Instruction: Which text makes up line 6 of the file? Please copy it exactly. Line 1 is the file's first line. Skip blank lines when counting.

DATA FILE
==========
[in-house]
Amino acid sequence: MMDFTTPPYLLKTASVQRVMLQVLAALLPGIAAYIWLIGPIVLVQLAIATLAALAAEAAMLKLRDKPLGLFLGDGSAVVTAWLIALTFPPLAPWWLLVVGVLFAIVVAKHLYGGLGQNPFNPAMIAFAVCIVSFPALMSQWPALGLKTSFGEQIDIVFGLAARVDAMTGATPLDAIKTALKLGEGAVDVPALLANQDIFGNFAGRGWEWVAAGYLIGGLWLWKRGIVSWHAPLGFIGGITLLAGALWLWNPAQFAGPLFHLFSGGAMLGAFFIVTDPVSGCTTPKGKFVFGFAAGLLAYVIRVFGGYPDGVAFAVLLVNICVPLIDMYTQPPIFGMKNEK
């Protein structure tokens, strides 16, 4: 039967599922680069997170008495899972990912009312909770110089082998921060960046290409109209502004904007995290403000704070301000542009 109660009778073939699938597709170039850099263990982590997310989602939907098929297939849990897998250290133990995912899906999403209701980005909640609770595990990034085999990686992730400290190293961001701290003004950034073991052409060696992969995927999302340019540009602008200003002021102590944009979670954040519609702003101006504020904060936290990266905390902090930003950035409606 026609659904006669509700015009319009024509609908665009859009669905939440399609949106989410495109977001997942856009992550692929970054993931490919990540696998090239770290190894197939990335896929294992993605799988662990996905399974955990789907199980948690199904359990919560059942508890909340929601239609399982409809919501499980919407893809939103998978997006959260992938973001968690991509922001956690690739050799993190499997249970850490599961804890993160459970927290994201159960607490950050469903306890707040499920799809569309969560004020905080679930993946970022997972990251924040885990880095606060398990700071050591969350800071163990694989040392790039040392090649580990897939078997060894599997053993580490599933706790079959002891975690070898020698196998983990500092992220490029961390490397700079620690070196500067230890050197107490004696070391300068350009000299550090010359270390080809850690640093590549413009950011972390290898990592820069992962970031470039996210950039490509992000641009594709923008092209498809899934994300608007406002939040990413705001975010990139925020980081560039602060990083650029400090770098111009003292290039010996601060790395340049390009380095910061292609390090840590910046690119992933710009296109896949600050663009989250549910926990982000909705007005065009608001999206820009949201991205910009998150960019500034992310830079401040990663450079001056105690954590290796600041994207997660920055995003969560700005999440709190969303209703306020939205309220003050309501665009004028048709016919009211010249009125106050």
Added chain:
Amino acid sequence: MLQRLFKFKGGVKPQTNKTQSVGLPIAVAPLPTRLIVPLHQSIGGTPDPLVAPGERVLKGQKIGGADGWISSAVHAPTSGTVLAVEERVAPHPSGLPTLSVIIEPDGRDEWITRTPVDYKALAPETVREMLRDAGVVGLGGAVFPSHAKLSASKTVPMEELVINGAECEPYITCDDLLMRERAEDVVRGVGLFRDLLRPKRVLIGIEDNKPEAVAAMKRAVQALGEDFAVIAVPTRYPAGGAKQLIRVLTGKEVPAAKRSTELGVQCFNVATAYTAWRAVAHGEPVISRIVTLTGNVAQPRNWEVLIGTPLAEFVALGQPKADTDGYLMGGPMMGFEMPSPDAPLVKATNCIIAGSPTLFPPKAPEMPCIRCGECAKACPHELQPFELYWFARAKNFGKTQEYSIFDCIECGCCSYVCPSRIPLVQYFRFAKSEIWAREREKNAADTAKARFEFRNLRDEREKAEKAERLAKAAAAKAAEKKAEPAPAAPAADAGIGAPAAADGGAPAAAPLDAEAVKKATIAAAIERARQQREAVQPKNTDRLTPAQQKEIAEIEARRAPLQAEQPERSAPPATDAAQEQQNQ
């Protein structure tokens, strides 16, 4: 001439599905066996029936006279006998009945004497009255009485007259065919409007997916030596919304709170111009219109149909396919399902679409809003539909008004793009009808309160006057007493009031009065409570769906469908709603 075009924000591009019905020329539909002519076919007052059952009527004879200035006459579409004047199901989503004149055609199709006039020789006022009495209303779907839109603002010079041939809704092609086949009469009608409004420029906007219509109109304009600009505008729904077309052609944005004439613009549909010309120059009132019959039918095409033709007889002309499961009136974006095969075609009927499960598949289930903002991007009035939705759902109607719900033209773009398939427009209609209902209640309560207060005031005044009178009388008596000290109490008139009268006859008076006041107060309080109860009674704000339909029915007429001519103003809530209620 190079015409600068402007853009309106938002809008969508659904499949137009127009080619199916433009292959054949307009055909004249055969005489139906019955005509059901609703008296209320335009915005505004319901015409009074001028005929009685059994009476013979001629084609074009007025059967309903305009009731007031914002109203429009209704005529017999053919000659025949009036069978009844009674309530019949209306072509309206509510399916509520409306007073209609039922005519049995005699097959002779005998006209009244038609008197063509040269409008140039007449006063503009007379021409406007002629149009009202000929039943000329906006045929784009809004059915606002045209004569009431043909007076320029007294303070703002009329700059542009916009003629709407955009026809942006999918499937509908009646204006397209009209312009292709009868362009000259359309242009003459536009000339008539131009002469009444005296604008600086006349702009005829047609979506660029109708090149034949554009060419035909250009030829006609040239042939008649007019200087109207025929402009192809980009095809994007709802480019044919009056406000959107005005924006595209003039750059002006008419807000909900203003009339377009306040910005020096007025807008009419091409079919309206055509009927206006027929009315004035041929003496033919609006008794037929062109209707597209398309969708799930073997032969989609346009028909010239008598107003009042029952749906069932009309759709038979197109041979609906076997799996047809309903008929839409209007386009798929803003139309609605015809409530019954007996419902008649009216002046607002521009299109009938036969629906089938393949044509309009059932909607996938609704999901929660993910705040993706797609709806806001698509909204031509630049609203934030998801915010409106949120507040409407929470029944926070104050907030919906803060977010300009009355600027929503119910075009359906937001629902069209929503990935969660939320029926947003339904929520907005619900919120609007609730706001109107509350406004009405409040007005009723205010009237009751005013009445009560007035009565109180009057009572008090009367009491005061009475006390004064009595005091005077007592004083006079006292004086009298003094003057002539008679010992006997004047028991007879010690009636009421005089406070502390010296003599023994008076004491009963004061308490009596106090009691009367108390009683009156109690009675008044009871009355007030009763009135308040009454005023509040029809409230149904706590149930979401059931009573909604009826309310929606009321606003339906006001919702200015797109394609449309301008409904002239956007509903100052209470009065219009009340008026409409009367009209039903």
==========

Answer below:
């Protein structure tokens, strides 16, 4: 001439599905066996029936006279006998009945004497009255009485007259065919409007997916030596919304709170111009219109149909396919399902679409809003539909008004793009009808309160006057007493009031009065409570769906469908709603 075009924000591009019905020329539909002519076919007052059952009527004879200035006459579409004047199901989503004149055609199709006039020789006022009495209303779907839109603002010079041939809704092609086949009469009608409004420029906007219509109109304009600009505008729904077309052609944005004439613009549909010309120059009132019959039918095409033709007889002309499961009136974006095969075609009927499960598949289930903002991007009035939705759902109607719900033209773009398939427009209609209902209640309560207060005031005044009178009388008596000290109490008139009268006859008076006041107060309080109860009674704000339909029915007429001519103003809530209620 190079015409600068402007853009309106938002809008969508659904499949137009127009080619199916433009292959054949307009055909004249055969005489139906019955005509059901609703008296209320335009915005505004319901015409009074001028005929009685059994009476013979001629084609074009007025059967309903305009009731007031914002109203429009209704005529017999053919000659025949009036069978009844009674309530019949209306072509309206509510399916509520409306007073209609039922005519049995005699097959002779005998006209009244038609008197063509040269409008140039007449006063503009007379021409406007002629149009009202000929039943000329906006045929784009809004059915606002045209004569009431043909007076320029007294303070703002009329700059542009916009003629709407955009026809942006999918499937509908009646204006397209009209312009292709009868362009000259359309242009003459536009000339008539131009002469009444005296604008600086006349702009005829047609979506660029109708090149034949554009060419035909250009030829006609040239042939008649007019200087109207025929402009192809980009095809994007709802480019044919009056406000959107005005924006595209003039750059002006008419807000909900203003009339377009306040910005020096007025807008009419091409079919309206055509009927206006027929009315004035041929003496033919609006008794037929062109209707597209398309969708799930073997032969989609346009028909010239008598107003009042029952749906069932009309759709038979197109041979609906076997799996047809309903008929839409209007386009798929803003139309609605015809409530019954007996419902008649009216002046607002521009299109009938036969629906089938393949044509309009059932909607996938609704999901929660993910705040993706797609709806806001698509909204031509630049609203934030998801915010409106949120507040409407929470029944926070104050907030919906803060977010300009009355600027929503119910075009359906937001629902069209929503990935969660939320029926947003339904929520907005619900919120609007609730706001109107509350406004009405409040007005009723205010009237009751005013009445009560007035009565109180009057009572008090009367009491005061009475006390004064009595005091005077007592004083006079006292004086009298003094003057002539008679010992006997004047028991007879010690009636009421005089406070502390010296003599023994008076004491009963004061308490009596106090009691009367108390009683009156109690009675008044009871009355007030009763009135308040009454005023509040029809409230149904706590149930979401059931009573909604009826309310929606009321606003339906006001919702200015797109394609449309301008409904002239956007509903100052209470009065219009009340008026409409009367009209039903």